For a technology movement with such prevalence and momentum, BYOD is a fairly new concept. Perhaps that's why there are so many misconceptions around the subject, both among vendors and their customers. And VARs must be careful to think critically about any BYOD sales advice they receive, because some of that is ill-informed, too. We've heard plenty of bad BYOD sales advice. Here's the worst:
"BYOD is about the devices. Once employees have their choice of device, security becomes their responsibility. Focus on the devices themselves."
Let's take a look at why that's bad advice.
It's simply untrue.
BYOD isn't just about the devices themselves. Yes, that's what the end user perceives, but from the enterprise's perspective, a secure, reliable BYOD implementation will most likely involve at least some alterations to their existing data center and/or wireless infrastructure.
Those infrastructure improvements are where the real opportunity lies.
End user devices are one thing. But if VARs stop at the devices themselves, they're missing out on the chance to sell any of the following:
- Mobile Device Management (MDM) solutions to secure individual devices and remotely wipe them in the event of loss or theft
- Network Access Control (NAC) appliances to ensure that only authorized personnel can connect their devices to corporate networks
- Encryption and Data Loss Prevention (DLP) solutions to secure corporate data as employees access and transmit it across unsecured networks and the public WAN
- Antivirus and malware protection software to protect employee devices from potentially data-stealing or disruptive attacks
- Wireless infrastructure upgrades to ensure that employees have reliable Wi-Fi access for their personal devices on corporate premises—BYOD tends to cause a proliferation of devices on corporate networks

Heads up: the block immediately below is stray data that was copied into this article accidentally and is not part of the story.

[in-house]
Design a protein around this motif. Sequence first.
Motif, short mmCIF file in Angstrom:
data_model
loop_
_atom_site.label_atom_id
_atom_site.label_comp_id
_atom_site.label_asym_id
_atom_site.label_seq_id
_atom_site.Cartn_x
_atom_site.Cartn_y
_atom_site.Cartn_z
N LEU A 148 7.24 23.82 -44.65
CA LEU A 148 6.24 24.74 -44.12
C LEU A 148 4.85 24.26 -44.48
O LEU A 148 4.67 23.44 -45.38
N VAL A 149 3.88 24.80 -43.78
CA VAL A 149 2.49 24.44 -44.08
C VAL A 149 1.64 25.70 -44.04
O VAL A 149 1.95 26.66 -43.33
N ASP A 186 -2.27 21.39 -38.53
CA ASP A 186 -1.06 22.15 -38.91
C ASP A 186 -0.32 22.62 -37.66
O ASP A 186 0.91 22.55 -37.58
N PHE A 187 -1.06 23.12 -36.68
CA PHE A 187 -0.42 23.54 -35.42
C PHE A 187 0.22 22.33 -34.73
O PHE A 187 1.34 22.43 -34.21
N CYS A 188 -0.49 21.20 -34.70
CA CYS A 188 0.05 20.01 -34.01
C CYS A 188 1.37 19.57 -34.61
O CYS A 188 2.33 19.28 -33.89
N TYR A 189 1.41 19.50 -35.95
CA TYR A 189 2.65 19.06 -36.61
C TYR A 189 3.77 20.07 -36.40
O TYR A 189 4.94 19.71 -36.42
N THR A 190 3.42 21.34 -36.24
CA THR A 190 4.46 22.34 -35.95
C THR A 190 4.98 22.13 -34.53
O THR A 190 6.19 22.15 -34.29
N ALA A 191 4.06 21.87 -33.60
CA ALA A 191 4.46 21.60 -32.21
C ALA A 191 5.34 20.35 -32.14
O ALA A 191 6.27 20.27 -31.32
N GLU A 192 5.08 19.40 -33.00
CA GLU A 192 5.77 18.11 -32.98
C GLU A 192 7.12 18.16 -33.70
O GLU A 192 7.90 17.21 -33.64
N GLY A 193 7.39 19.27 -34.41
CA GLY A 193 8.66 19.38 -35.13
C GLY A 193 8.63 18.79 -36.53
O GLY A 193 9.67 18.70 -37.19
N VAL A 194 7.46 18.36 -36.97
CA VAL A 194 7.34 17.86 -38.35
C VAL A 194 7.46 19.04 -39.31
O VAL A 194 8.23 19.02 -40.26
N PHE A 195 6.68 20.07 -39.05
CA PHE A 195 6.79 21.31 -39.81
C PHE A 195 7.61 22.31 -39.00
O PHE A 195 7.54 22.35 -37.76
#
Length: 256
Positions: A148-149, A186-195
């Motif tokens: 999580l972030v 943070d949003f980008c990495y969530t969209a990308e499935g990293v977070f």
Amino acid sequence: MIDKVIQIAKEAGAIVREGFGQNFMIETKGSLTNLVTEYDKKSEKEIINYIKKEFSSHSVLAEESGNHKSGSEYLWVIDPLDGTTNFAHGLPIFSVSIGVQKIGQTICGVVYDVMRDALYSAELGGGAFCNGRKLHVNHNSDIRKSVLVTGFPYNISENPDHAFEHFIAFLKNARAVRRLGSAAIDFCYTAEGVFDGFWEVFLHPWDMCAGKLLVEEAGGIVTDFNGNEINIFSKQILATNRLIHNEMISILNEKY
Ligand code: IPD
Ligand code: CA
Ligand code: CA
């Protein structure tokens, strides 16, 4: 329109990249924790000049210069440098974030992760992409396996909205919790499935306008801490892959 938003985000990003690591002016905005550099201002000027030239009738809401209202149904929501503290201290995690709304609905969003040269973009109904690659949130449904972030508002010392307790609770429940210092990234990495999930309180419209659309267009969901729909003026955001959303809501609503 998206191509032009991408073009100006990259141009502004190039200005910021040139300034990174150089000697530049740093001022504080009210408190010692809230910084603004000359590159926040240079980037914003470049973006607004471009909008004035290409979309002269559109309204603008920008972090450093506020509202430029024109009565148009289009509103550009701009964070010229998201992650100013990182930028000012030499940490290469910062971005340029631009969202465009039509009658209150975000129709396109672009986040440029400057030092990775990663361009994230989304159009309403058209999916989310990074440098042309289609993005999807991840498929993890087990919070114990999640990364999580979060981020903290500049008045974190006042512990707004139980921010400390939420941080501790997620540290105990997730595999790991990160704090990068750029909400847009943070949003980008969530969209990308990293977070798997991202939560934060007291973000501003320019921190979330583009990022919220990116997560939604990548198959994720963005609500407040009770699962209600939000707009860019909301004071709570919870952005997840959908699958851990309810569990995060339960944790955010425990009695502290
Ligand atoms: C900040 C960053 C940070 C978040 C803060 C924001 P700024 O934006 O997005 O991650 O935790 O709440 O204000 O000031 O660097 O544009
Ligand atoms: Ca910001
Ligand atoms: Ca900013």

- Visibility and monitoring solutions (or services!) to provide continuous assurance that employees are in compliance
As you can see, BYOD presents far greater opportunities to VARs than that bad BYOD sales advice suggests.
BYOD security is an industry in itself
Take a look at the above list. While by no means complete, it touches on some of the most important elements of a secure and successful BYOD rollout, and "secure" is the operative word here. Bad BYOD sales advice like the "tip" we reference in this blog post assume that security and BYOD are separate altogether, or, even worse, assume that the employee is responsible for data security in a BYOD environment.
That is, unfortunately, untrue. In the event of a data breach or inadvertent disclosure, the company that owns the data will be held liable, no matter what their BYOD or security policy. That's why enterprises put so much emphasis on BYOD security, and why VARs should, too. If you're a VAR with existing information security expertise, you're already well on your way to dominating the BYOD market. If you aren't, now's the time to turn to your distributor for the training and resources to fill the gaps in your knowledge.
BYOD sales advice can be helpful, but take it with a grain of salt. Bad BYOD sales advice—like advice that recommends ignoring one of the most critical parts of a BYOD implementation—can severely hurt your sales and success.
What bad BYOD sales advice have you heard? Tell us about it in the comments.